“In sociology, there is a term called ‘the third place,’” said Abi Li ’20 at the recent robotics anniversary celebration at SCH. “It is the place that is not the home or the workplace; it’s a third place that you can automatically go where you can wind down, make friends, do interesting stuff, and just be yourself. Throughout high school, 1218 became my ‘third place.’ Looking back, I was extremely lucky to have found such a space, such a group of people, and such an activity.”
Like Li, many robotics program alumni are grateful for both the STEM and life lessons they learned during their time at SCH, and dozens returned to this corner of Philadelphia to celebrate current students, their former faculty, mentors, parents, and fellow alumni at the special 20th celebration held last month.
In addition to the Lifetime Achievement Awards that were presented to Peter Randall ‘69, P’16, P’18 co-founder and chair of the department, and Rob Ervin H’08, P’10, P’13, co-founder and teacher (click here for more), Alumni Achievement Awards were presented at the ceremony to celebrate “those who have soared in their careers in the fields of STEM and robotics education, leaving a positive impact on the industry and society as a whole.” These awards were presented to Chesley Roebuck ’06 and Charlie Frank ’09.
Roebuck is the founder and executive director of Emerging Leaders in Technology and Engineering, Inc. (ELiTE), a community-based youth development organization that utilizes STEM education to empower students from underserved communities and facilitates intensive programs to provide hands-on learning in computer science and engineering for students in New York City and Ghana, West Africa. He is “the poster child for the ‘Play it Forward’ movement,” said Melissa Brown, director of Alumni Relations. “Chelsey's numerous awards and recognitions include being named by Forbes Magazine as one of ‘30 Under 30 in Education’ in 2016 and honored alongside President Barack Obama as the recipient of the Evelyn Kamen Rising Star Award in 2017.” Roebuck is also a speaking ambassador for the U.S. Department of State and serves on the board of directors or advisory board for a number of social impact organizations.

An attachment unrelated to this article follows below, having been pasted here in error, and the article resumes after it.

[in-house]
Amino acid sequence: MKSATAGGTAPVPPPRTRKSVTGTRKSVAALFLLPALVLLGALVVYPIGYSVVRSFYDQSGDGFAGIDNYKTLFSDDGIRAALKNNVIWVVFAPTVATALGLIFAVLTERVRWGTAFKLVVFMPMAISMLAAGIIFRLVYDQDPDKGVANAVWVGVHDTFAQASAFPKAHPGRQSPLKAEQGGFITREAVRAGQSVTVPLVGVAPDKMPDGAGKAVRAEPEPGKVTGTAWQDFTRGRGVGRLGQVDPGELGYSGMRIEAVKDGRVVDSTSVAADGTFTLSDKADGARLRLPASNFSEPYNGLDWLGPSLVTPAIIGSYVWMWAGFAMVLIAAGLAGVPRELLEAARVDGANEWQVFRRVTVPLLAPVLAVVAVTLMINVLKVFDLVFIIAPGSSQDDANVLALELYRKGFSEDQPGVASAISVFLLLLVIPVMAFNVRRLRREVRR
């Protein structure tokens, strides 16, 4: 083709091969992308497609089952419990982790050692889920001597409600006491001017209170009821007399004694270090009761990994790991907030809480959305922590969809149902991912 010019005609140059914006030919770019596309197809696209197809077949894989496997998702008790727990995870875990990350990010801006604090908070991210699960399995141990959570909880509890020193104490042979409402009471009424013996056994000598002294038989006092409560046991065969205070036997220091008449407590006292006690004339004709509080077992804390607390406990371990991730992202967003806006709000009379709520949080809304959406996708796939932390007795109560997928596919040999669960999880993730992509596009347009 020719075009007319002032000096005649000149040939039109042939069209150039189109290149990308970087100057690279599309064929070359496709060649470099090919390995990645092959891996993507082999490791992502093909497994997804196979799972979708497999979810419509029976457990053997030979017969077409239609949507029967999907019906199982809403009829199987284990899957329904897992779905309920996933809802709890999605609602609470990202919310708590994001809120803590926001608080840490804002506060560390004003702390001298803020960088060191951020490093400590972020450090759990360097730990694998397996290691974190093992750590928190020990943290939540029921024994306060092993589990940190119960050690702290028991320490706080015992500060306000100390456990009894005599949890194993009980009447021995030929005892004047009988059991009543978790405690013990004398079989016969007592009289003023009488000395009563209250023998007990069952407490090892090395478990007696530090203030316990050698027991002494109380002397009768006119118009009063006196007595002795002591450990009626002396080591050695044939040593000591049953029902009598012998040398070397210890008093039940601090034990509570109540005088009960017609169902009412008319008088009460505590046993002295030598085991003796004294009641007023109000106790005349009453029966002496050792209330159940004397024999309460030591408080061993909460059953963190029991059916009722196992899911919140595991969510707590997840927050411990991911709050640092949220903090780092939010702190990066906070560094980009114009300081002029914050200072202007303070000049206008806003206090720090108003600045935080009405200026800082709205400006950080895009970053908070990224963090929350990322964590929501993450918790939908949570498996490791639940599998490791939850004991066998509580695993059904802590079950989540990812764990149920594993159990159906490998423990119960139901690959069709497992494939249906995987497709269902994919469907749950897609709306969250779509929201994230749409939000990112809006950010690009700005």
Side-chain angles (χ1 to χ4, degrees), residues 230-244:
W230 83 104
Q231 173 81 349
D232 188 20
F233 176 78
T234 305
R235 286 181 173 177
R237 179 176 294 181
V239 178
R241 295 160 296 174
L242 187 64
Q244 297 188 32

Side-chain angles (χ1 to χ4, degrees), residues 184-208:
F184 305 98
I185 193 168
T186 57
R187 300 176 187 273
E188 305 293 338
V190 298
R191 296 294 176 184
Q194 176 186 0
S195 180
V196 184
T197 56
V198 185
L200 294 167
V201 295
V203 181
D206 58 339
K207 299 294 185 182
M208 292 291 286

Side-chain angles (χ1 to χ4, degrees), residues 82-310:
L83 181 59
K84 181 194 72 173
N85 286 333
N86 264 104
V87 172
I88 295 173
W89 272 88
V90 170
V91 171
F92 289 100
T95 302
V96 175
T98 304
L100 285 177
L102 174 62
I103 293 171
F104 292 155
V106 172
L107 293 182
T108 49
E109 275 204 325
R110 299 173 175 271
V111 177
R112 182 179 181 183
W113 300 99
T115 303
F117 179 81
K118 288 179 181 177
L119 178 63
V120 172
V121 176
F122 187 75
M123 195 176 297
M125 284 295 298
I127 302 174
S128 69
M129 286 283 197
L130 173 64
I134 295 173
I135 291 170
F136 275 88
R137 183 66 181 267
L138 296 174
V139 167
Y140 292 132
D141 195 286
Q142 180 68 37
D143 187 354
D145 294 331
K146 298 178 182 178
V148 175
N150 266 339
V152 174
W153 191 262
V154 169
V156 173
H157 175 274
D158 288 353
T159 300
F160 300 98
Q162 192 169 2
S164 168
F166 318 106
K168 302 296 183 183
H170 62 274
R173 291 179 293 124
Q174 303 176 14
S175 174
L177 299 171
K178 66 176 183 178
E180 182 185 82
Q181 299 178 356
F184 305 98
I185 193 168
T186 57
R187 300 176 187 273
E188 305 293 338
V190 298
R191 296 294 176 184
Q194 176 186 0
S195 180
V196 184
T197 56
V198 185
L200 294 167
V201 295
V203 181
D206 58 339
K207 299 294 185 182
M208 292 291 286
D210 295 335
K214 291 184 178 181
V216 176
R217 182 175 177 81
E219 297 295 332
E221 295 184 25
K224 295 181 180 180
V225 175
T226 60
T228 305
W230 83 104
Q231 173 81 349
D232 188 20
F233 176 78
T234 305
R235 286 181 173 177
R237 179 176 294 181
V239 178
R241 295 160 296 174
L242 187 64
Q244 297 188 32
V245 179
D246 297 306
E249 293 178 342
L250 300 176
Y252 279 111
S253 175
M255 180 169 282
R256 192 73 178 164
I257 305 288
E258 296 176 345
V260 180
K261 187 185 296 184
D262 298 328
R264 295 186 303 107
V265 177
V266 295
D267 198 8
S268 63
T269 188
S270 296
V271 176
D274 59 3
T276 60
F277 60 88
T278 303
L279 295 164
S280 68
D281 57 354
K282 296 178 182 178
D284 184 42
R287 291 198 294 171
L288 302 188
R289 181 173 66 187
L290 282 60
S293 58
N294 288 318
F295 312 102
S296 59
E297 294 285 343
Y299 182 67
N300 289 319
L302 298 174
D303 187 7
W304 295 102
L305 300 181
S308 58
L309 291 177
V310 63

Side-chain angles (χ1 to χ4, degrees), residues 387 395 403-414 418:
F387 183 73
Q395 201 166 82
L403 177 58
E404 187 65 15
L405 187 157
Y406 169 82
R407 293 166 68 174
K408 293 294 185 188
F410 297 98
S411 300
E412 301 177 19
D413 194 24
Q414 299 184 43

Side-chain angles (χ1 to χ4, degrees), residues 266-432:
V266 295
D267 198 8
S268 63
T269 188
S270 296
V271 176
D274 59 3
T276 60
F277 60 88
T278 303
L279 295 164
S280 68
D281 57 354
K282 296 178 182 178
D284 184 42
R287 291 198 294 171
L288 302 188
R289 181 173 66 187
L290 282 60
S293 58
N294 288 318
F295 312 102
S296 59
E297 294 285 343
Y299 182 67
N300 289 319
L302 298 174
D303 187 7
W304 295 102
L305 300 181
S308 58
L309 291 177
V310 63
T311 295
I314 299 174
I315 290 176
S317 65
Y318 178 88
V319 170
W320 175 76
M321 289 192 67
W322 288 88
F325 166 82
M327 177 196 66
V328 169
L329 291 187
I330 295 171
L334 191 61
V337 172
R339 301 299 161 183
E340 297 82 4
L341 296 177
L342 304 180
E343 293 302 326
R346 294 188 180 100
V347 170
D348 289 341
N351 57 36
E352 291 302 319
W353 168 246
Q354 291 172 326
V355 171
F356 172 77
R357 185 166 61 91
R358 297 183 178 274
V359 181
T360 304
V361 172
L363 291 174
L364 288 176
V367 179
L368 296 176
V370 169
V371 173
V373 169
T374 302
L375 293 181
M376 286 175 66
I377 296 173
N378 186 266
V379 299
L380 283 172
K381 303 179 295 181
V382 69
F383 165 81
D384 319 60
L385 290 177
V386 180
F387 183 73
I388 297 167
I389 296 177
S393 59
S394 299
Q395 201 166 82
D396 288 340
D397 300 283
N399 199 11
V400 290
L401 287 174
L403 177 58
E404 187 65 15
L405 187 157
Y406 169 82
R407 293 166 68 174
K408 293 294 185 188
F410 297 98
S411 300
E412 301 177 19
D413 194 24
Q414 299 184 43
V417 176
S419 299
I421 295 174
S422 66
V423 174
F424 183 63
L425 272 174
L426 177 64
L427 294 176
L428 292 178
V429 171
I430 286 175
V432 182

Frank, who attended the celebration virtually, is “one of those incredible students who knew where he was headed from a very young age,” according to Peter Randall, chair of the Robotics and Engineering Department at SCH. After earning a degree in chemistry from Colby College, where he also volunteered as an EMT, he earned his medical degree from Emory University. He continued his residency at Emory in general surgery and is now a clinical surgeon. He also moonlights as a medical advisor to the U.S. Department of Health and Human Services, Assistant Secretary of Preparedness and Response, and is a perpetual student, now pursuing his MBA at Emory in strategy and healthcare management.
In addition, Scott Rankin P’11, P’12, P’14 who, according to Randall was “one of the first members of the SCH family to completely ‘get it,’” was honored with the Service to Robotics Award, and Special Contribution Awards were presented to Jono Frank ‘69, P’98, P’00, P’09, Lisa Gemmill H’07, P’99, Dick Hayne P’08, P’11, Jim Huffaker, Charles B. Landreth ‘66, P’95, P’96, James Martin ‘99, Gordon McLennen, Ben Ng P’12, Karen Pedano, Donna Schapiro P’22, and David Sheffield P’02, P’06.
Congratulations to our award winners and thanks to our many robotics alumni and families who have helped to shape the program into what it is today: a spectacular “third place” for more than 150 students a year!
Visit our robotics anniversary page for more.